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SocialDocumentary.net, Kickstarter, and a Life in Photography

August 8, 2014
PlateGlass3271

Installing plate glass in Siberia, 2010

I thought my construction picture from Siberia would be a good lead for my friend and colleague Glenn Ruga, who is reworking socialdocumentary.net with fresh ideas and a fresh design. Saturday, August 9, 2014 is the last day of the SDN Kickstarter campaign. There is still time to jump on board. A pledge of $100 or more will even get you a print by Frank Ward (me). Check out SDN on Kickstarter and help us out. I say “us” because I have the pleasure of being on the SDN board. Your pledge doesn’t support anyone on the board. It will help support documentary photography and photographers worldwide.

Isfara, Tajikistan classroom

My photo class in Isfara, Tajikistan, 2012

Every day that I teach photography I realize that documentary work, and all creative photography, needs our support. I look into the faces of my students knowing that traditional careers in photography are few.  A successful life in photography is now more likely to be marked by a strong web presence than a portfolio of tearsheets from magazines and newspapers.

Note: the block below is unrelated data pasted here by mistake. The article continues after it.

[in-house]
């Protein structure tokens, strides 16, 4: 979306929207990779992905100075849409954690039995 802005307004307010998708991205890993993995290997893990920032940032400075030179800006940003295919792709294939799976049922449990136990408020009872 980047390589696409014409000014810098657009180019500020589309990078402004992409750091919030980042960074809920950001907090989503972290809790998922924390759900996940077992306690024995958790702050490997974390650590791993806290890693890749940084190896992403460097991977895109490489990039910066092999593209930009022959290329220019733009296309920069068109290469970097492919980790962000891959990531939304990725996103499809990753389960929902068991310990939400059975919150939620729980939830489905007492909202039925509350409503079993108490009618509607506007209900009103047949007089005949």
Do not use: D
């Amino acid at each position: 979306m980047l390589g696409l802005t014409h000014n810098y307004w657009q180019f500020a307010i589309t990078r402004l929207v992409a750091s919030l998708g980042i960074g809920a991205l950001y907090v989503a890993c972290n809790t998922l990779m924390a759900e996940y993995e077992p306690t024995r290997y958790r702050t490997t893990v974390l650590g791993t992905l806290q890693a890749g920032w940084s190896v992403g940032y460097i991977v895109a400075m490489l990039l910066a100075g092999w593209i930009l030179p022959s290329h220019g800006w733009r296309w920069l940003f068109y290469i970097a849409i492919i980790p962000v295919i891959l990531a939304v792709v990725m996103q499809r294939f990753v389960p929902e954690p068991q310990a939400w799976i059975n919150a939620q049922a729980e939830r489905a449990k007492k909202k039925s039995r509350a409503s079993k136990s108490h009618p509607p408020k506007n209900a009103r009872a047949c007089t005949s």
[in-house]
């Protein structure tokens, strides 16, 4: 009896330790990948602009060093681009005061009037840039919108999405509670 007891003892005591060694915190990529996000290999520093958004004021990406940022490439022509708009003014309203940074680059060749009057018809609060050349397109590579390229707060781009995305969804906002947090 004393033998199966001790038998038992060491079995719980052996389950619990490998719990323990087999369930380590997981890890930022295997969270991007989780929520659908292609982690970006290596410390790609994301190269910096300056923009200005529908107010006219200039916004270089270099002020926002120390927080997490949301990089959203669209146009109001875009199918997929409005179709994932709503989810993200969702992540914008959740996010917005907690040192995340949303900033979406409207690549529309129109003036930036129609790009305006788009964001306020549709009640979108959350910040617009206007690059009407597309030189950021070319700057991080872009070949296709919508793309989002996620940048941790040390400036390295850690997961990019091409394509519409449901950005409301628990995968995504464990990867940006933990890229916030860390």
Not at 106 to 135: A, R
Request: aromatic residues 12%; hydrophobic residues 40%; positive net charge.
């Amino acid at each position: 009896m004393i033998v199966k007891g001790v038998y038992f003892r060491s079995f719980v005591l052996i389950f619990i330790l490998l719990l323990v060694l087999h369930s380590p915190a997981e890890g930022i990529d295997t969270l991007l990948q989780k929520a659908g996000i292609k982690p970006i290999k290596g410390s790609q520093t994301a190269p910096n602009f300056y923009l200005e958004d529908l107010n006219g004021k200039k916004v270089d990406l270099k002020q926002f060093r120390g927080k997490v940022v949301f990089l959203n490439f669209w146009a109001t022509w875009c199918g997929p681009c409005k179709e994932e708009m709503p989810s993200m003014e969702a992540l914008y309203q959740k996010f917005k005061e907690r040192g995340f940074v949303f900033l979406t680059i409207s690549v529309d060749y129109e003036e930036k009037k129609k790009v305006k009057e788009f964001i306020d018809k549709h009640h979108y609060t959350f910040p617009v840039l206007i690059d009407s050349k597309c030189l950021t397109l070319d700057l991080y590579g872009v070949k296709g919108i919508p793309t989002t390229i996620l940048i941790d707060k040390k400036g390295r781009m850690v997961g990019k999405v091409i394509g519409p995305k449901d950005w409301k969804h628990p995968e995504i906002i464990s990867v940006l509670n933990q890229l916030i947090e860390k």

Khorog, Tajikistan

Classroom, Pamirs, Tajikistan, 2009

The old saying that a photographer is best served by a good pair of shoes still holds true. I will also add that some alchemical combination of ego and personality will serve you better than the best combination of camera and lens. An easily bruised ego and an introverted personality won’t get you far in the photo world. But, a delicate ego or an introverted nature is no problem on their own. Richard Avedon used to sit in disguise where he was having an exhibit primarily to satisfy his ego. Introverts make great photographers, but you have to make the outside contact to get the assignment or sell the picture.

Swimmer, Lake Baikal

Lake Baikal, Siberia, 2008

So it comes down to a willingness to bare your soul. I’ve had projects that have left me in tears (Bosnian refugee camps), or swearing that I’d never go back (New England Barrooms). And that brings me to the primary requirement for a life in photography. You have to do it because it is what you are driven to do. You keep on going back no matter how miserable it makes you feel or how broke you are. A job on the side may help if you are too broke, but a photographer is never too broke-down to make the picture.

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